Needless to say, MGMT was one of the most anticipated shows of the weekend.  My new buddy Andrew and crew did not disappoint, making sure to play Oracular Spectacular favorites like “Weekend Wars” and “Electric Feel.”  Of course Congratulations was played almost in its entirety as well – a healthy mix of past and present.  There was some chatter in between songs, and the audience seemed to like that access to the band.  I was expecting it to be more of a show, complete with costumes and stage props, but they just let the rock speak for itself.  That was fine though because lead singer Andrew VanWyngarden is adorable, and their music in catchy yet inventive.  An MGMT show in New York would have been a whole bunch of hipsters drinking PBR and tapping their feet, but an Asheville-style MGMT show comes complete with a chick doing a 45-minute interpretive dance in a Peter Pan costume (back of the room, stage right).  That set the tone for the weekend.

Panda Bear

Noah Lennox had some credibility before creating his moniker Panda Bear.  As a founding member of Animal Collective, Lennox is very familiar with the synthesizer and electronic space.  He uses a Korg M3 synthesizer, Roland SP-555 sampler, and a Boss SP 303 “Dr. Sampler.” As Panda Bear, Lennox mixes his sampler sounds with drums, guitar, bass, and vocals.  In Asheville on Friday night, Thomas Wolfe Auditorium was mostly full, with folks of all ages gettin’ weird to the DJ electronica Panda Bear mixes up.  The lights show was a totally ambience-enhancing, with images projected onto the Goliath-like wall on the back of the theater stage.  He is seasoned in creating a world inside whatever venue he plays, yet he allows his audience to personalize that world.  Looking around the room, each listener is completely engaged but has his or her own jive going on, wholly unique to him or her… or maybe it was the hallucinogens.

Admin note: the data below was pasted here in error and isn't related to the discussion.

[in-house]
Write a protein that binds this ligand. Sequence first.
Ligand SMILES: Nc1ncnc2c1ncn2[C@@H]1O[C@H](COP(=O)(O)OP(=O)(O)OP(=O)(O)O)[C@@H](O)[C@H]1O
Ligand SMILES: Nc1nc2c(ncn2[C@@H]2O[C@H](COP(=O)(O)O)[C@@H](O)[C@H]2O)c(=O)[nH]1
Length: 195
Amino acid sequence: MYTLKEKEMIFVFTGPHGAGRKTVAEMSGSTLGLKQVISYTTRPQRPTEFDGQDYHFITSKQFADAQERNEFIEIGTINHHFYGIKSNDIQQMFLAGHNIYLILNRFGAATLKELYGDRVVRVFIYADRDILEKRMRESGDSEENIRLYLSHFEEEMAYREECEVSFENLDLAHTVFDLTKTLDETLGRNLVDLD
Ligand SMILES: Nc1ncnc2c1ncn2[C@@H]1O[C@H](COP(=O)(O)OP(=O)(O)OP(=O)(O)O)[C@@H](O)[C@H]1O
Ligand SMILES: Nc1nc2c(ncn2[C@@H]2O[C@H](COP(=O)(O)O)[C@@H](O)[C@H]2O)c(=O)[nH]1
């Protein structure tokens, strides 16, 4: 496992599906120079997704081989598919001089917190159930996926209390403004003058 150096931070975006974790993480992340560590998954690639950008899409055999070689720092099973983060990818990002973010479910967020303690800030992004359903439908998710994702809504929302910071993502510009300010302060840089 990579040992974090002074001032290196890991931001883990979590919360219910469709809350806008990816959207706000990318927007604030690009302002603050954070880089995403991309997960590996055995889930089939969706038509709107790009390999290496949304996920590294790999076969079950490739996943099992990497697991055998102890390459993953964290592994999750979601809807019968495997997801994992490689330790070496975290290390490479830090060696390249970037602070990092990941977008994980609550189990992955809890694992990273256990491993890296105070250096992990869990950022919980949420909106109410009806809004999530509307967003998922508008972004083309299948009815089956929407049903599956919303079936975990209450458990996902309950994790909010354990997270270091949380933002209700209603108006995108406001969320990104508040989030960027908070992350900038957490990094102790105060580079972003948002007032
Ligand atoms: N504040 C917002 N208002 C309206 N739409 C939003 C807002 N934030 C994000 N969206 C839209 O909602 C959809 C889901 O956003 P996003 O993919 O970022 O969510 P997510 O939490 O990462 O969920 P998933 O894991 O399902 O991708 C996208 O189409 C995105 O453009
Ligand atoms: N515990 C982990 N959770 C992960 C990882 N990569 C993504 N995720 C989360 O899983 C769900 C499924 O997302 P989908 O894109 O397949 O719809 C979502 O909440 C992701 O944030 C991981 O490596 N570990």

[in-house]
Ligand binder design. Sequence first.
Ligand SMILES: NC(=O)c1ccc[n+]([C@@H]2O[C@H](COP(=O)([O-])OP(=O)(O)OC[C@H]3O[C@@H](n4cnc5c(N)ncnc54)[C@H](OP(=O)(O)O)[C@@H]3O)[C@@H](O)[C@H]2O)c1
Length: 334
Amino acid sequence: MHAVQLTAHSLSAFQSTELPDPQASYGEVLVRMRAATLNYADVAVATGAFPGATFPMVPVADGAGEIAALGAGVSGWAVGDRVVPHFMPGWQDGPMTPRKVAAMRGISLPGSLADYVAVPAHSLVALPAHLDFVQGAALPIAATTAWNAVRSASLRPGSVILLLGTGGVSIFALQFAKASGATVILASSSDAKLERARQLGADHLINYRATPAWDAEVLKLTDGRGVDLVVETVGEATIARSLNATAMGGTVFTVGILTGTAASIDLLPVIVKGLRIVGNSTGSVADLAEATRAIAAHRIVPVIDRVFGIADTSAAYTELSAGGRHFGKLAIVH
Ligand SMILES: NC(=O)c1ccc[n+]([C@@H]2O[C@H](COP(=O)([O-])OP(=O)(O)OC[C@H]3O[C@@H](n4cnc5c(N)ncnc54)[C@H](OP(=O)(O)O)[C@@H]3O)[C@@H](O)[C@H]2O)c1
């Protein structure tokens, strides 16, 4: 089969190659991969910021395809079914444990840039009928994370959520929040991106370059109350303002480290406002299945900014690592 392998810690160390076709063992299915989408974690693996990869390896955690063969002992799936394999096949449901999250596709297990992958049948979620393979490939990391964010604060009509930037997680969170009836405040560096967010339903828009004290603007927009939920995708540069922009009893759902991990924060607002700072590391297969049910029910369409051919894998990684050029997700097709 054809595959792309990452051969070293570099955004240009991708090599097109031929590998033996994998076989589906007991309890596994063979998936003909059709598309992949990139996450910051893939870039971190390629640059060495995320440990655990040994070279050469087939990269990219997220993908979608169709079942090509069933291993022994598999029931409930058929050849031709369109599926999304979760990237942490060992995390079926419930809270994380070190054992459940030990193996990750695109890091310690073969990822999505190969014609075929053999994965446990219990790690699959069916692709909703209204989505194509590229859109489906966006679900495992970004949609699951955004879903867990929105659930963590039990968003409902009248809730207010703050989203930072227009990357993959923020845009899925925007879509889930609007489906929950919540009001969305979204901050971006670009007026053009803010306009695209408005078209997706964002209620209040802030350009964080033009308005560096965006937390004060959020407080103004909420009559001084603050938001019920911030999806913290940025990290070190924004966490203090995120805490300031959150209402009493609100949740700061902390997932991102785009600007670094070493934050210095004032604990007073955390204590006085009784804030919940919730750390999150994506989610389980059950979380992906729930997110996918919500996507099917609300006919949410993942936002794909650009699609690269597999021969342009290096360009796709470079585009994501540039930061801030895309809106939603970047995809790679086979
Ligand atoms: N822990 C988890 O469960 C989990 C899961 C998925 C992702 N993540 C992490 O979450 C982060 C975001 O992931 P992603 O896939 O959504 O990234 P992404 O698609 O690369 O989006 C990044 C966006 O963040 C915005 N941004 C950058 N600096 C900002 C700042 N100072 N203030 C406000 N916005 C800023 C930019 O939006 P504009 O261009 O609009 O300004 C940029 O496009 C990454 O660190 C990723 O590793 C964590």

Girl Talk

When you walk into a show with upwards of 80 hot chicks on stage, you know one of two things:  the music is so bad, the artist has to distract you with tight 20-year-olds’ shaking it, or you’re about to have a dance-your-face-off good time.  Girl Talk’s set was the latter.  Wearing no shirt & jeans, Gregg Michael Gillis (his Christian name) samples popular tunes from the past few decades, ranging from Madonna to Biz Markie to Dexy’s Midnight Rider’s hit, “Come On Eileen.”  This white dude from the Pittsburgh suburbs has so much fun playing his laptop, and it is contagious.  There was not one person in there not dancing his face off.

Girl Talk did not play either of his albums straight through, which I was curious about, since his music is based on how he transitions from song to song.  He did include songs from both Night Ripper and Feed the Animals, giving his listeners a sense of familiarity.  He is clever with his selection of songs, their order, and the words he emphasizes.  He scrupulously chooses each word to loop or scratch, and he makes statements about popular culture in his choices.  In fact, the moniker Girl Talk is supposed to be an ode to several pop culture references, according to Gillis.  The combination of clever social statements with arms-waving pop mash-ups is a recipe for down-right badassness.

By the end of Girl Talk’s set, it was 2:30 a.m. and I was sweaty.  Bedtime for me… and let’s do it all again tomorrow.

Check out more pictures in our MoogFest Picture Book above.


Leave A Comment!

%d bloggers like this: